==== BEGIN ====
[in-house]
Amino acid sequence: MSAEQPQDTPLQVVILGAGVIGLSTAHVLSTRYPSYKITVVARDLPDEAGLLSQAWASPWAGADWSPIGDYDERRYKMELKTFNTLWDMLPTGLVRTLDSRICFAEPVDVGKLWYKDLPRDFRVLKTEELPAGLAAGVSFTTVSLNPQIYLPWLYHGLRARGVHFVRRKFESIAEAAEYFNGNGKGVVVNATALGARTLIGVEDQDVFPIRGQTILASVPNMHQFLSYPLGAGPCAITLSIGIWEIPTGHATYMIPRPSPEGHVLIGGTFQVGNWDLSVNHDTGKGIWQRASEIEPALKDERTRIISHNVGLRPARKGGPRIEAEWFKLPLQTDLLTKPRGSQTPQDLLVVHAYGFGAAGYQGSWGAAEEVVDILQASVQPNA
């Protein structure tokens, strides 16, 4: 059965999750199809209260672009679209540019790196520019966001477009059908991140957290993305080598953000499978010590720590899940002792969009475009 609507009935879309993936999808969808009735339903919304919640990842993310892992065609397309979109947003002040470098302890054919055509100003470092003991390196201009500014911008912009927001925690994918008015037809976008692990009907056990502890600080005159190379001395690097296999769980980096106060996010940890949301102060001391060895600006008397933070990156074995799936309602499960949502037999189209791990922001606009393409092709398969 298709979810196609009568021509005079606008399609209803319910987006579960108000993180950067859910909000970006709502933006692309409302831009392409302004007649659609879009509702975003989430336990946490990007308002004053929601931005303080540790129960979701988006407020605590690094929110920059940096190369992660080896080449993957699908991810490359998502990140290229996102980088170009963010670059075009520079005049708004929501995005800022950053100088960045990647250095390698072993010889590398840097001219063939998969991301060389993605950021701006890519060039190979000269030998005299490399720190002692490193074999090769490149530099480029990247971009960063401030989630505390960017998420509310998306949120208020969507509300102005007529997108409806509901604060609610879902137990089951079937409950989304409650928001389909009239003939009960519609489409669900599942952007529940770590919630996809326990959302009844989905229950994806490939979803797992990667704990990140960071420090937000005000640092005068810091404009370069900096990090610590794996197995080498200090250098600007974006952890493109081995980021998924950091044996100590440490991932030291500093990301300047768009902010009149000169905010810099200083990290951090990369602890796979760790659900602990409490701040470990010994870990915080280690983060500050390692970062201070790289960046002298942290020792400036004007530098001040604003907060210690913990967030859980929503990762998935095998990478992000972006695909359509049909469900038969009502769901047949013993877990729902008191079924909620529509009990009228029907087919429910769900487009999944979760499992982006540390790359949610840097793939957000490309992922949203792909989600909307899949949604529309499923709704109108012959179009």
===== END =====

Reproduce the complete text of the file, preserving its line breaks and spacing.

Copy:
[in-house]
Amino acid sequence: MSAEQPQDTPLQVVILGAGVIGLSTAHVLSTRYPSYKITVVARDLPDEAGLLSQAWASPWAGADWSPIGDYDERRYKMELKTFNTLWDMLPTGLVRTLDSRICFAEPVDVGKLWYKDLPRDFRVLKTEELPAGLAAGVSFTTVSLNPQIYLPWLYHGLRARGVHFVRRKFESIAEAAEYFNGNGKGVVVNATALGARTLIGVEDQDVFPIRGQTILASVPNMHQFLSYPLGAGPCAITLSIGIWEIPTGHATYMIPRPSPEGHVLIGGTFQVGNWDLSVNHDTGKGIWQRASEIEPALKDERTRIISHNVGLRPARKGGPRIEAEWFKLPLQTDLLTKPRGSQTPQDLLVVHAYGFGAAGYQGSWGAAEEVVDILQASVQPNA
């Protein structure tokens, strides 16, 4: 059965999750199809209260672009679209540019790196520019966001477009059908991140957290993305080598953000499978010590720590899940002792969009475009 609507009935879309993936999808969808009735339903919304919640990842993310892992065609397309979109947003002040470098302890054919055509100003470092003991390196201009500014911008912009927001925690994918008015037809976008692990009907056990502890600080005159190379001395690097296999769980980096106060996010940890949301102060001391060895600006008397933070990156074995799936309602499960949502037999189209791990922001606009393409092709398969 298709979810196609009568021509005079606008399609209803319910987006579960108000993180950067859910909000970006709502933006692309409302831009392409302004007649659609879009509702975003989430336990946490990007308002004053929601931005303080540790129960979701988006407020605590690094929110920059940096190369992660080896080449993957699908991810490359998502990140290229996102980088170009963010670059075009520079005049708004929501995005800022950053100088960045990647250095390698072993010889590398840097001219063939998969991301060389993605950021701006890519060039190979000269030998005299490399720190002692490193074999090769490149530099480029990247971009960063401030989630505390960017998420509310998306949120208020969507509300102005007529997108409806509901604060609610879902137990089951079937409950989304409650928001389909009239003939009960519609489409669900599942952007529940770590919630996809326990959302009844989905229950994806490939979803797992990667704990990140960071420090937000005000640092005068810091404009370069900096990090610590794996197995080498200090250098600007974006952890493109081995980021998924950091044996100590440490991932030291500093990301300047768009902010009149000169905010810099200083990290951090990369602890796979760790659900602990409490701040470990010994870990915080280690983060500050390692970062201070790289960046002298942290020792400036004007530098001040604003907060210690913990967030859980929503990762998935095998990478992000972006695909359509049909469900038969009502769901047949013993877990729902008191079924909620529509009990009228029907087919429910769900487009999944979760499992982006540390790359949610840097793939957000490309992922949203792909989600909307899949949604529309499923709704109108012959179009």